Unfortunately, not every veteran who served in the military from 1775 to 1865 received a pension. Veterans and their widows had to qualify under existing laws, complete lengthy applications, provide extensive documentation, and be approved by the government to receive benefits. It was a complicated process, and many veterans and their widows were denied.
Pension records often contain documentation such as:
full name of the veteran
date of birth and location
residence when enlisted, previous residences, and current address
rank, unit, and name of company
dates of service and enlistment location
age at time of enlistment and length of service
battles and injuries sustained during service
names and ages of spouse and children
pension balances and checks
Now that you know what exciting family history details military records might contain, where do you find them? Fortunately, many genealogical websites have military records.
Ancestry.com has over 260 million U.S. military records. You can explore documents such as draft cards, service records, and prisoner and casualty lists. Records include:
U.S., World War I Draft Registration Cards, 1917-1918
U.S., World War II Draft Registration Cards, 1942
U.S. Civil War Soldiers, 1861-1865
U.S. Marine Corps Muster Rolls, 1798-1958
Fold3.com is not offering free records this Veterans weekend, but if you have several military ancestors it’s well worth a subscription. Their collections include military records for the following wars:
The War of 1812
Mexican American and Early Indian Wars
The Civil War
Spanish American War
World War I
World War II
You can search over 1.4 billion records on AmericanAncestors.org. These records span twenty-two countries covering the United States, the British Isles, continental Europe, and beyond, including one of the most extensive online collections of early American genealogical records, the largest searchable collection of published genealogical research journals and magazines, and the largest collection of U.S Catholic records online.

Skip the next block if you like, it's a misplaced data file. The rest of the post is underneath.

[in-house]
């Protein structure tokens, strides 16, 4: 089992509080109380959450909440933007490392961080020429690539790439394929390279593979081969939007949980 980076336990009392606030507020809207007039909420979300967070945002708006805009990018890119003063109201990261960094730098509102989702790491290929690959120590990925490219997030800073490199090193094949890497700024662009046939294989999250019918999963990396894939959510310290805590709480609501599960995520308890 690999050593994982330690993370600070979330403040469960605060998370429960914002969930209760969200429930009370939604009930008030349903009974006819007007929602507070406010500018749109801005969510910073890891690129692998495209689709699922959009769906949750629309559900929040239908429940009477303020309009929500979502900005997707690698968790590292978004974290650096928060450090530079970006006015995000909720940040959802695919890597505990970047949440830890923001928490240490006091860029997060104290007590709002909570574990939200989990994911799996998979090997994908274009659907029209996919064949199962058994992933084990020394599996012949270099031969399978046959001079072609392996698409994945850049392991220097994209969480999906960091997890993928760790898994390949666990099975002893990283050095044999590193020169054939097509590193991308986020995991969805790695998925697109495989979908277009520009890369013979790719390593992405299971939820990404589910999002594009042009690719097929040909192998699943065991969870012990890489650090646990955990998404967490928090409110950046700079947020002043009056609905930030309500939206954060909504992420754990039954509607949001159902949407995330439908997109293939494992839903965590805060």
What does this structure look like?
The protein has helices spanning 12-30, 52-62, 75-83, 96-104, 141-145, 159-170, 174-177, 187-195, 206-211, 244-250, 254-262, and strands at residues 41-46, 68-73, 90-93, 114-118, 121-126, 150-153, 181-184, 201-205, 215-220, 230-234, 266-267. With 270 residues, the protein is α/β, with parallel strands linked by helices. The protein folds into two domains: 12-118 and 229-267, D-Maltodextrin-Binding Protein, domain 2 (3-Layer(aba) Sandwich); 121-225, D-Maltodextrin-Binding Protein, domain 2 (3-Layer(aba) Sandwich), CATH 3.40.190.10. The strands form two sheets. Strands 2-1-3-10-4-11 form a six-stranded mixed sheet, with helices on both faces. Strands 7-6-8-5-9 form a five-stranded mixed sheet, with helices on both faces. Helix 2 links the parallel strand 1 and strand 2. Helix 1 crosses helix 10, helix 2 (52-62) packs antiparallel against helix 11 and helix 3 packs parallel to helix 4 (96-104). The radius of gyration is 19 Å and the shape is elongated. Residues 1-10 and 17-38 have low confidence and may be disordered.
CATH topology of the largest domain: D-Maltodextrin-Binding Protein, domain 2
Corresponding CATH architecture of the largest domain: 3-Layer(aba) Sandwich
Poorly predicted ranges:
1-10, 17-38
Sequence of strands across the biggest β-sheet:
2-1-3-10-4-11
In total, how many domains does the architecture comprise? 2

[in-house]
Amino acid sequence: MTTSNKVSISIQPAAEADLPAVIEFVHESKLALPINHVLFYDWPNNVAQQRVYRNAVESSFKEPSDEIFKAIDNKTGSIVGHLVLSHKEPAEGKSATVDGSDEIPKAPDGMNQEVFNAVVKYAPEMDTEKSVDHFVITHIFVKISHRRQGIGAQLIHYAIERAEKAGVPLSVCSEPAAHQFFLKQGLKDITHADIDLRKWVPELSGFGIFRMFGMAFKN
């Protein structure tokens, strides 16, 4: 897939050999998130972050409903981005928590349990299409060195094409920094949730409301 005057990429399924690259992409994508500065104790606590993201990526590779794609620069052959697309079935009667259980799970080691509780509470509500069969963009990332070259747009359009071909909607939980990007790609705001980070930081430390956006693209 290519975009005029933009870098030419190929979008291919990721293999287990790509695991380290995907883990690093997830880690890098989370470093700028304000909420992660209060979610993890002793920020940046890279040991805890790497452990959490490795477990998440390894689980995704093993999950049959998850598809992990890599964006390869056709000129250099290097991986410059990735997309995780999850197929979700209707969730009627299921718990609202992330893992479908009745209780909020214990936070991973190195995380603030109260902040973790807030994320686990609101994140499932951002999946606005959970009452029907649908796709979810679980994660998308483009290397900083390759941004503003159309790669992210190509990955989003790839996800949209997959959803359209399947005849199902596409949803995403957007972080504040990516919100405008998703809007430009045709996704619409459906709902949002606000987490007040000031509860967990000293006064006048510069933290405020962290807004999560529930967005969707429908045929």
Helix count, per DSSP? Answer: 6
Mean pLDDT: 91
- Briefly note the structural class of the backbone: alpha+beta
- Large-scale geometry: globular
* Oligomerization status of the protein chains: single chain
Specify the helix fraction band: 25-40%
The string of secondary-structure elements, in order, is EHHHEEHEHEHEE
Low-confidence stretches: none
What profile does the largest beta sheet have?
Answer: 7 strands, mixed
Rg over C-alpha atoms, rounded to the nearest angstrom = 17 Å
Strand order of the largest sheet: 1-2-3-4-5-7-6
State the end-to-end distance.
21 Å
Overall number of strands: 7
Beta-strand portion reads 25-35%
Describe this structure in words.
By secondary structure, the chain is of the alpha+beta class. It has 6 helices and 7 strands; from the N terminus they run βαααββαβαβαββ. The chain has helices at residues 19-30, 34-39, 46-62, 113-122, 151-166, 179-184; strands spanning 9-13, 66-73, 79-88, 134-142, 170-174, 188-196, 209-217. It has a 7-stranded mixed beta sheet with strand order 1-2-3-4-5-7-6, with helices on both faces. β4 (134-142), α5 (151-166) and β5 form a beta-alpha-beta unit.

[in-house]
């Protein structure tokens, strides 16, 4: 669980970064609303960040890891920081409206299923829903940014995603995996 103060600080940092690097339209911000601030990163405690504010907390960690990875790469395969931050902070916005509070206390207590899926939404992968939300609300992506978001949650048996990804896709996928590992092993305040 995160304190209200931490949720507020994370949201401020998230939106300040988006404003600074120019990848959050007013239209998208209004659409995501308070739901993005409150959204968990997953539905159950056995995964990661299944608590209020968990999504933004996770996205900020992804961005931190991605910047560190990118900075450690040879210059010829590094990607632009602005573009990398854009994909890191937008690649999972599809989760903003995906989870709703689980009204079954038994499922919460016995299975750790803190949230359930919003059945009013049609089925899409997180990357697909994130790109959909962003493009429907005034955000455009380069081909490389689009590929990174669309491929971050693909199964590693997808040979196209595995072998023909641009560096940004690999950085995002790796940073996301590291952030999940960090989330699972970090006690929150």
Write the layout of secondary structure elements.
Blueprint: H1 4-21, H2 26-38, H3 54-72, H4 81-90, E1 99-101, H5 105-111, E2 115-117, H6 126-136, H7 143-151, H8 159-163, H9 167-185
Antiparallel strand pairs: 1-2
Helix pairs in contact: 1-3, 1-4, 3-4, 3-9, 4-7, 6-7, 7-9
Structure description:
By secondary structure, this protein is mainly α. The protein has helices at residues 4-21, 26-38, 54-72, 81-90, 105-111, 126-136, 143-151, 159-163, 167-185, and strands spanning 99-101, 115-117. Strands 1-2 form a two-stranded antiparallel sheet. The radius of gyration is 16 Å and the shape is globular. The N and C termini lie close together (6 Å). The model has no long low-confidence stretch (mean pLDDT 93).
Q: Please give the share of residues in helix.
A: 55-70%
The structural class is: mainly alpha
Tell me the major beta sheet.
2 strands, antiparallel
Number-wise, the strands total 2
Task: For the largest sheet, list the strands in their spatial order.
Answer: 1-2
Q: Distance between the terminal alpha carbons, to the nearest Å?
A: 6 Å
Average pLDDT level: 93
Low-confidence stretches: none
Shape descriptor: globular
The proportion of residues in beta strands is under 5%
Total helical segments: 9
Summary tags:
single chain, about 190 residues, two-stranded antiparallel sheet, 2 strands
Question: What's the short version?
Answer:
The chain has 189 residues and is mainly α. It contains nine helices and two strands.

If you have an ancestor who lived in the United States during the American Revolution, the Daughters of the American Revolution (DAR) Ancestors and Descendants Databases offers a wealth of information about those who served in the Revolutionary War, including a simple way to search for your ancestors. They also offer a database of more than 7 million descendants of these service members.
FamilySearch.com has an extensive collection of military records including:
United States World War I Draft Registration Cards, 1917-1918
United States Civil War Soldiers Index, 1861-1865
United States World War II Army Enlistment Records, 1938-1946
United States Revolutionary War Pension and Bounty Land Warrant Applications, 1800-1900
United States Casualties of the Vietnam War, 1956-1998
An extensive list of online military record sources can be found on Cyndi’s List.
Take some time over the next week to reflect on your ancestors’ sacrifices, and remember the old adage: Freedom isn’t free.